Tuesday, January 11, 2011

Less Than The Sum Of Its Parts

Here's one of the weirder things about bike retail.

I just received some new wheels that I'd ordered online. Basic Shimano hubs, Sun CR18 rims, straight-gauge stainless spokes, nothing terribly fancy. I know, I know, machine-built wheels suck. Whatever. They were true to "no worse than the rim seam" tolerances and just a skidge undertensioned... nothing a few minutes with a spoke wrench couldn't cure.

The weird thing is that these wheels cost me $115 plus shipping. Here's what it would have cost to buy the parts in those wheels from the same vendor:

Rear hub: $36
Front hub: $24
Rims: $24 each (x2)
Spokes/nipples: 50 cents each (x64)

That's $140 plus shipping -- $25 more than I paid for the complete wheels, and I would still have to lace the dang things myself! I know there are economies of scale at work, but somebody needs to get that wheelbuilding machine (and the person who feeds it parts) a raise. I wonder if wheelbuilding robots can unionize?

My old wheels are now shod with the studded tires (which is one less excuse to be a winter weenie) until their paper-thin rim sidewalls finally give out. At that point, I promise to buy some spokes and rims, sit down with my old hubs and the works of the late, great Sheldon Brown, and get myself educated on the dark art of wheelbuilding. It's just embarrassing to call myself a mechanic when I can't build a wheel from scratch to save my life.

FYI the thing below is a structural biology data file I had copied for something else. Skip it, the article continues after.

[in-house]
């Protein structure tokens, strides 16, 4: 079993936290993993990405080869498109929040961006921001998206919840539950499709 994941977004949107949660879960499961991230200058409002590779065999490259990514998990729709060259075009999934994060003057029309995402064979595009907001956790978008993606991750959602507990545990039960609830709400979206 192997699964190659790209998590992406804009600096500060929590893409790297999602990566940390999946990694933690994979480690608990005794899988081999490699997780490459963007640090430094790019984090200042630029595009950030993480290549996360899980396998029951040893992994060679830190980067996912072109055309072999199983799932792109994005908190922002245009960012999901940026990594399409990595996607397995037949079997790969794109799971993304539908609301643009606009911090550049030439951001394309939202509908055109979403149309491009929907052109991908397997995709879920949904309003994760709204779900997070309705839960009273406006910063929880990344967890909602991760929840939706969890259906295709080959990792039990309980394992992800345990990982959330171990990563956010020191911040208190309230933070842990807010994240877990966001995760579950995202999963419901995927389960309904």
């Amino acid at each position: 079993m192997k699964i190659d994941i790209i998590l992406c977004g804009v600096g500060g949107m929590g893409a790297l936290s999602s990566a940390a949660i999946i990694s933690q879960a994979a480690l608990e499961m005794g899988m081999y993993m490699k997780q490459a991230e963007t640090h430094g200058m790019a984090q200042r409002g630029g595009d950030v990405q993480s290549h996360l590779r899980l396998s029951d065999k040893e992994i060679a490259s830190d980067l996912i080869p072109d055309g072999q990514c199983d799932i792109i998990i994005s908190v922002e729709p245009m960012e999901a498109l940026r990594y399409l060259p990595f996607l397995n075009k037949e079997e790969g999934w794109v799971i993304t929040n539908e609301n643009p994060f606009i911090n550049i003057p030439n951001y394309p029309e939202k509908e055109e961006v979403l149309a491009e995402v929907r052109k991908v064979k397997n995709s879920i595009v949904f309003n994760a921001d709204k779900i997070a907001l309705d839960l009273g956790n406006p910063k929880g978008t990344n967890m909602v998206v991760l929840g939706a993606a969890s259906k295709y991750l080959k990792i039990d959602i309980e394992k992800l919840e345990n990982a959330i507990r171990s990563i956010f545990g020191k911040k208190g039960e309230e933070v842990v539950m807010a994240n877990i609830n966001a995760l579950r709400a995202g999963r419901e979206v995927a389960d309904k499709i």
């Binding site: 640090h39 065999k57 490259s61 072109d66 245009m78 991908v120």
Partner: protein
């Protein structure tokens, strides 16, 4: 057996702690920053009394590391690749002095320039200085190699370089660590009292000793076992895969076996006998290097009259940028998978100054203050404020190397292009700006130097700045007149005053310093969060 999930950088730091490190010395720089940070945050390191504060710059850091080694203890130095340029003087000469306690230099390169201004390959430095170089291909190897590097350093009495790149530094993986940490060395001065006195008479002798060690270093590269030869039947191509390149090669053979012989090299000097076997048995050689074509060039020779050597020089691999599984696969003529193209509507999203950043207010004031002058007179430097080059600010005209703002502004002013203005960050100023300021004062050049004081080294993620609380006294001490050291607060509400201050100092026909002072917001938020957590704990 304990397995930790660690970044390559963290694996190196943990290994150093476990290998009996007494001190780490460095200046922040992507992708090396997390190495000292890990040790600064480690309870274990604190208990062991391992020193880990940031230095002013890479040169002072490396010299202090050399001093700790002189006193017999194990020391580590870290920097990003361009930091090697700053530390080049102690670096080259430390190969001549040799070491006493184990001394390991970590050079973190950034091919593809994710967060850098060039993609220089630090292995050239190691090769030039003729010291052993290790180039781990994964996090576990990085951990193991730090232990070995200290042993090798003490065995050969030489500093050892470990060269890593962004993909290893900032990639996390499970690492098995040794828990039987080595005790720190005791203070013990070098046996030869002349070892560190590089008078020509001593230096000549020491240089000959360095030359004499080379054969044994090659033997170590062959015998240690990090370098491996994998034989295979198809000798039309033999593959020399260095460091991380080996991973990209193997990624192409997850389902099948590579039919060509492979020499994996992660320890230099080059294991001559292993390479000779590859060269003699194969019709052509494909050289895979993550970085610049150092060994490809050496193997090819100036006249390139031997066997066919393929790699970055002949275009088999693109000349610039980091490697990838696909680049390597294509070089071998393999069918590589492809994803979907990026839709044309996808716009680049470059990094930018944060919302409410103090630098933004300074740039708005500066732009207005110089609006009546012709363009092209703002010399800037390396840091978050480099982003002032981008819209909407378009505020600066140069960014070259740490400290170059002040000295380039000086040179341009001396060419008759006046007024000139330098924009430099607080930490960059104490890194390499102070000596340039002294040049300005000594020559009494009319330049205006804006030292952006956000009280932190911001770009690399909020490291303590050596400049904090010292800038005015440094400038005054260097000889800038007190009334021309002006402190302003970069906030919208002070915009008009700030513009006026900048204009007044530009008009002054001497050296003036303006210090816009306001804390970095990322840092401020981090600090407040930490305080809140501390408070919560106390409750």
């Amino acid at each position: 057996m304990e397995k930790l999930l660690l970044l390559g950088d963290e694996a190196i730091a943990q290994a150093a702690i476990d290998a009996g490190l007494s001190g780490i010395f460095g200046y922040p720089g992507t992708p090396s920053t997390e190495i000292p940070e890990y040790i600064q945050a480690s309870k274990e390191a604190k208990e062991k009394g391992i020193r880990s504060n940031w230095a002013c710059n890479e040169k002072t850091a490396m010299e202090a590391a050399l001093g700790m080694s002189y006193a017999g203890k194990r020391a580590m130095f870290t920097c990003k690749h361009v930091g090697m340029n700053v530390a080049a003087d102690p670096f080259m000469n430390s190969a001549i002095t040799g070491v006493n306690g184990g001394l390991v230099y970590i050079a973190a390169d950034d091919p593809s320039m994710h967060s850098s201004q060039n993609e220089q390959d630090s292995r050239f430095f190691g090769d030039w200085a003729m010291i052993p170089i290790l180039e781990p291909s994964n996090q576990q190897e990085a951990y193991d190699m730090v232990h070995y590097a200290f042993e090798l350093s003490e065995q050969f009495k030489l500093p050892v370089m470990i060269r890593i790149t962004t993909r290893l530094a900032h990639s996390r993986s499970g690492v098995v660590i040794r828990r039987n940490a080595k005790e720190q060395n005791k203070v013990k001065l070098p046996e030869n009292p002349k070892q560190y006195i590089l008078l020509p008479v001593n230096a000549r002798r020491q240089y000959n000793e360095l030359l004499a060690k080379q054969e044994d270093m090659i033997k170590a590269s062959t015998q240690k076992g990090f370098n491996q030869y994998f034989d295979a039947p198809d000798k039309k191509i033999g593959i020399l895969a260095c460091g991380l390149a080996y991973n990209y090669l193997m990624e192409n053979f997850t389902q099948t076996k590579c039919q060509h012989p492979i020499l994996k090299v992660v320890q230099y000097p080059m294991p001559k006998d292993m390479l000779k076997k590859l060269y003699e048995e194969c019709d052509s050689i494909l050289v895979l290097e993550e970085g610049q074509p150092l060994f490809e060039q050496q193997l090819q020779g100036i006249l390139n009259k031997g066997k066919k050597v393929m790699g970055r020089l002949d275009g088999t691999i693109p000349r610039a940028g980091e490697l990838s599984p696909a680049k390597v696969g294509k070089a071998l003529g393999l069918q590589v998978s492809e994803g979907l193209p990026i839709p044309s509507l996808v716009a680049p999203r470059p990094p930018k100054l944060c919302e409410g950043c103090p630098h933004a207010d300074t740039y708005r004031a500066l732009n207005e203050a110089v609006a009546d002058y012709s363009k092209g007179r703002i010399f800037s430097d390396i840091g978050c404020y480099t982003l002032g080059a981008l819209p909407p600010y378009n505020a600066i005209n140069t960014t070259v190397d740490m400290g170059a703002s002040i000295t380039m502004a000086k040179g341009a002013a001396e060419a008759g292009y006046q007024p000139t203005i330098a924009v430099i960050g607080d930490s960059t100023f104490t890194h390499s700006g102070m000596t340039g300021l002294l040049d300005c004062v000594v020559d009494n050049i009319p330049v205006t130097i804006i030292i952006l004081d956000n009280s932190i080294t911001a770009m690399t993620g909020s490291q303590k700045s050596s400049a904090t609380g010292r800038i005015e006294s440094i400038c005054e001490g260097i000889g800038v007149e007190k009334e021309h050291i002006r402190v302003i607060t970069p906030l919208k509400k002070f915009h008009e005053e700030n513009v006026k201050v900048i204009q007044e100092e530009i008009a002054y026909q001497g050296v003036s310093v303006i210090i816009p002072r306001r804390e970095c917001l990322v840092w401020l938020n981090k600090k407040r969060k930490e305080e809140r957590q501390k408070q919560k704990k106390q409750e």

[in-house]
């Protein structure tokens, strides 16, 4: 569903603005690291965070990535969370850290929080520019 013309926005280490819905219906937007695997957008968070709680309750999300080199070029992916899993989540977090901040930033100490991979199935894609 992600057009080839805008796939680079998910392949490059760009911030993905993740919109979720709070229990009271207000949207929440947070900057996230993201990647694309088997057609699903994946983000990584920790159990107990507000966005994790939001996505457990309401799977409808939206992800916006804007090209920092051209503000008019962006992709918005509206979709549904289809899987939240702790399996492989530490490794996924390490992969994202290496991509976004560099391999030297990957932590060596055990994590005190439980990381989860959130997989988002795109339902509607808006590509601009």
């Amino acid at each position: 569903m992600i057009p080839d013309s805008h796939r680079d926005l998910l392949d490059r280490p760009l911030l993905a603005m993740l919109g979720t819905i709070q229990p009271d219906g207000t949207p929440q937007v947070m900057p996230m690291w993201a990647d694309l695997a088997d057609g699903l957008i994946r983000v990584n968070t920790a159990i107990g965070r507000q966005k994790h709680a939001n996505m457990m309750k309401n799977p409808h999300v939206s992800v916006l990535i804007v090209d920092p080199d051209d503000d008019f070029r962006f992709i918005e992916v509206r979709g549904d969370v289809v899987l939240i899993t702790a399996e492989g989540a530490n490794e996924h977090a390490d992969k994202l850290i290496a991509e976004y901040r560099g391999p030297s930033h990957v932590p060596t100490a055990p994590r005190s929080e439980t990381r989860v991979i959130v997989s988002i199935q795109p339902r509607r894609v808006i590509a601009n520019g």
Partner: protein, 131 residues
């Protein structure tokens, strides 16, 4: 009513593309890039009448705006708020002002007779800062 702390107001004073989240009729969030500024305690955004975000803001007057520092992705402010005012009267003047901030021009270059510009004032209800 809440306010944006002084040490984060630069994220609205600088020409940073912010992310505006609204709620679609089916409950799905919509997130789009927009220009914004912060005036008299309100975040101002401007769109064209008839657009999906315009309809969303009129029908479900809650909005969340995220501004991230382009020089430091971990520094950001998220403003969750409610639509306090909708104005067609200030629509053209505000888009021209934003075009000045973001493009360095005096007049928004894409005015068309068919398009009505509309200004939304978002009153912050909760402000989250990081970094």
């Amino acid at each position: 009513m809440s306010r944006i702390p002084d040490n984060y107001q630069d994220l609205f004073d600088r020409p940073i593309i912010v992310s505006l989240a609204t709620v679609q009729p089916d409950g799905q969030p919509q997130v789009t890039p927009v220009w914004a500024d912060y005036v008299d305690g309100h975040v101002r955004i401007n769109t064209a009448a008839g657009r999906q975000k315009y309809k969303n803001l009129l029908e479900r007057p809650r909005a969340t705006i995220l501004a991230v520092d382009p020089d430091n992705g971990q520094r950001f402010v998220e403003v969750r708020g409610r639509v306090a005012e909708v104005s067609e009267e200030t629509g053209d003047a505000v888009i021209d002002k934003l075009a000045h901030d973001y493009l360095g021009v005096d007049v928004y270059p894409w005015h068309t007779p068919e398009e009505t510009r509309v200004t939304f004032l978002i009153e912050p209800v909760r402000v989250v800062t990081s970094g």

(Aside: My old wheels were actually handbuilt by Iowa framebuilder Rich Powers, who seems to have no bike-related Web presence. I don't know if he's still building frames these days, though I've seen his handiwork under frequent commenter Steve K. Anyway, they shouldn't have held up as long or as well as they did, which is one good reason to invest the extra bucks in a handbuilt wheel.)

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